It doesn't seem right, so even if it is technically grammatically correct it isn't idiomatic. Basically, you seem to be negating the eggs twice ("He likes not apples and not not eggs").
This may not be strictly accurate but it's the best way I can think to describe it. Doesn't is a contraction of does not; not is an adverb being applied to the does. As such, it negates everything that the does applies to, which in this case is the verb to like. An alternative (although archaic) way to phrase "He doesn't like X" would be "He likes X not". X in this case is "apples or eggs". This thus gives us "He doesn't like [apples or eggs]".
The way nor would usually be used is with neither (in the same way as German uses weder with noch). Both neither and nor are conjunctions which have no power to negate each other and both are intrinsically negative. Think of neither as either not and nor as or not. That being the case, "He likes neither apples nor eggs" could be rephrased as "He likes either [not apples] or [not eggs]." Each part negates only the noun (or noun phrase) it is applied to, not the entire idea of "liking".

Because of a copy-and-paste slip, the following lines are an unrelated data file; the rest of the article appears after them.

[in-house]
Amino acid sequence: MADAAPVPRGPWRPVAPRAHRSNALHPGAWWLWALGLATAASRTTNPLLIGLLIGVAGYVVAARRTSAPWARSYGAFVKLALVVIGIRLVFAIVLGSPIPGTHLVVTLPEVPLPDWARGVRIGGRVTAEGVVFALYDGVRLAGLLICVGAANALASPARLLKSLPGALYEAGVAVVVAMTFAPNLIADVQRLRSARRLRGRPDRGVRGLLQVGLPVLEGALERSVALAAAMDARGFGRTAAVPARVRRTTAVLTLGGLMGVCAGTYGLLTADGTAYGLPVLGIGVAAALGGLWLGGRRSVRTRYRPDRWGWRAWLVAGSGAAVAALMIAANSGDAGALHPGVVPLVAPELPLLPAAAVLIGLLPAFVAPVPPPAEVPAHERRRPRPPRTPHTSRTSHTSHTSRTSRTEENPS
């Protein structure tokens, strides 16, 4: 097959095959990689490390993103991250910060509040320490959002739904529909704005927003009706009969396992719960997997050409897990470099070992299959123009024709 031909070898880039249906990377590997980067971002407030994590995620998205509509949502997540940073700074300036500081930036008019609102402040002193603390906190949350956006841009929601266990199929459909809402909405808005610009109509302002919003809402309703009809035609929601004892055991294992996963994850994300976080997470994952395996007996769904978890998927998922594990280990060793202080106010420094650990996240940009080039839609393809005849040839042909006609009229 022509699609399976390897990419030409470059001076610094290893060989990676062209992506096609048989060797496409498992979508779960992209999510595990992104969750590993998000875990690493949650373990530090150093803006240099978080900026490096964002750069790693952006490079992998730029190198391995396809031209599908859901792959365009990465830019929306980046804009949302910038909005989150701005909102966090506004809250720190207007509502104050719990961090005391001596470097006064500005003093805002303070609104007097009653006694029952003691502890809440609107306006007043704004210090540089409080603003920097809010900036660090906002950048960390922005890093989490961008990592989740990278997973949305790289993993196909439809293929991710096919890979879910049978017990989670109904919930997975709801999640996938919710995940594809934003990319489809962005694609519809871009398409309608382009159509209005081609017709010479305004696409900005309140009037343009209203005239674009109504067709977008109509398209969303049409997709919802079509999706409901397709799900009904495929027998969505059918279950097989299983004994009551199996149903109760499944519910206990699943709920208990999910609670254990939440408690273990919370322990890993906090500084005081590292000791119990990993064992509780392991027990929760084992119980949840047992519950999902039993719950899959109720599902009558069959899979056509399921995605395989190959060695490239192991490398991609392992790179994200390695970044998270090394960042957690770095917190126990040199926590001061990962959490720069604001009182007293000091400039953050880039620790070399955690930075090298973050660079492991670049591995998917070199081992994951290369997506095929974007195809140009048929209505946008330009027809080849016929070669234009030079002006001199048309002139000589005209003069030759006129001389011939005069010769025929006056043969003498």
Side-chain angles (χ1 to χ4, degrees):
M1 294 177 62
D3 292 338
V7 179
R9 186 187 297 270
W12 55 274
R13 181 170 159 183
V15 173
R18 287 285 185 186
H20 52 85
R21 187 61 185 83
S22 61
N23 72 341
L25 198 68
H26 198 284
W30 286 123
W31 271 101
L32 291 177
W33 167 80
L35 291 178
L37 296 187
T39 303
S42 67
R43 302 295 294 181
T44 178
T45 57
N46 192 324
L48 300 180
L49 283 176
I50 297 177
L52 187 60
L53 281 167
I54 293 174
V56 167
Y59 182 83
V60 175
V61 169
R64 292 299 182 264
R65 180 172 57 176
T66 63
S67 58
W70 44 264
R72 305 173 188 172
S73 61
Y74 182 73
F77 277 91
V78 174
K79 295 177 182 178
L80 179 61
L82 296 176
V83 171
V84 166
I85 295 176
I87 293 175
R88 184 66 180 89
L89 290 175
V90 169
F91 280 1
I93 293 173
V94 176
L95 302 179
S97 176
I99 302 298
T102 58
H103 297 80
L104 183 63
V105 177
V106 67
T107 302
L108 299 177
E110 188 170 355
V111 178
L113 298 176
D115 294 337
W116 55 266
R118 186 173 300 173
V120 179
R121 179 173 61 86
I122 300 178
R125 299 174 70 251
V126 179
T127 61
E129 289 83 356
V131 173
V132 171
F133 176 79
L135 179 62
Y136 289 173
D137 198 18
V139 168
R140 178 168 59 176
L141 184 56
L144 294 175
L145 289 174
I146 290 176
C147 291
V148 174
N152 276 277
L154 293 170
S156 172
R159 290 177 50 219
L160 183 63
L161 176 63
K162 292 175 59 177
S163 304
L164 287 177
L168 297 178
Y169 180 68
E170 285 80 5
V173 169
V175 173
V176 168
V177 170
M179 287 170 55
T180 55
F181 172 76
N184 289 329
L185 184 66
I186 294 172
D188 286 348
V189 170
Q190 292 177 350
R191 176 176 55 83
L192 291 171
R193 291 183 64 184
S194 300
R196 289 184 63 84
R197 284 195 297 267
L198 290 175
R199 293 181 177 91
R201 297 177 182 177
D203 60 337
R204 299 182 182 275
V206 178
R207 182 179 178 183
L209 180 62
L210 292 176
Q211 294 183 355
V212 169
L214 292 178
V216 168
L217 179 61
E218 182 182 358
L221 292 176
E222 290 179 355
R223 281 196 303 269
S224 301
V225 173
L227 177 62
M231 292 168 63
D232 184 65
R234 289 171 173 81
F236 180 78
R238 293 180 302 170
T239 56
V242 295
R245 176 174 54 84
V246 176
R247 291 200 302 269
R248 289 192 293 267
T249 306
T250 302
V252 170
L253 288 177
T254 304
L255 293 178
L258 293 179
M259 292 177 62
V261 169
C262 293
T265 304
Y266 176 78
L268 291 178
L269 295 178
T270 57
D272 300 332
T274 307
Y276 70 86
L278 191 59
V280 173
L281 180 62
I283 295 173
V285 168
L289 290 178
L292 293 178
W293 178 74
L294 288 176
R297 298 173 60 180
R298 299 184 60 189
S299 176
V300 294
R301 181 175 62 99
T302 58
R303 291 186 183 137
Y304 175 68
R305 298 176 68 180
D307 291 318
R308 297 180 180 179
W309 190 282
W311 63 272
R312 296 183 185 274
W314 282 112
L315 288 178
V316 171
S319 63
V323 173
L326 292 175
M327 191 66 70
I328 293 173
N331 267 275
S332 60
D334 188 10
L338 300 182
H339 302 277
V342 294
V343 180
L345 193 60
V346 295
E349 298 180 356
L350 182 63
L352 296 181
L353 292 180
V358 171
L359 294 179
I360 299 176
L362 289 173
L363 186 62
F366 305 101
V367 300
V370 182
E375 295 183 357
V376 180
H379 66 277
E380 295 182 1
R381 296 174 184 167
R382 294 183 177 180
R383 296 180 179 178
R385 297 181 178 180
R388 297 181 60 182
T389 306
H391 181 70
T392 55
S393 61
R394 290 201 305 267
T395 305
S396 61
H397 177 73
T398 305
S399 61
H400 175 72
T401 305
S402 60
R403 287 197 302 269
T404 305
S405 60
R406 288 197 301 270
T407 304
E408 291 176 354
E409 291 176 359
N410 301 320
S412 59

As I said, I don't know if this is strictly grammatically sound, but it's what seems right as a native English speaker.
In British English at least it is more than widely used, it is the norm and is considered poor English is you write "neither ... or ..." That doesn't mean you won't hear people using "neither ... or ..." sometimes but then again you'll often hear phrases like "He don't know nuthink" :-)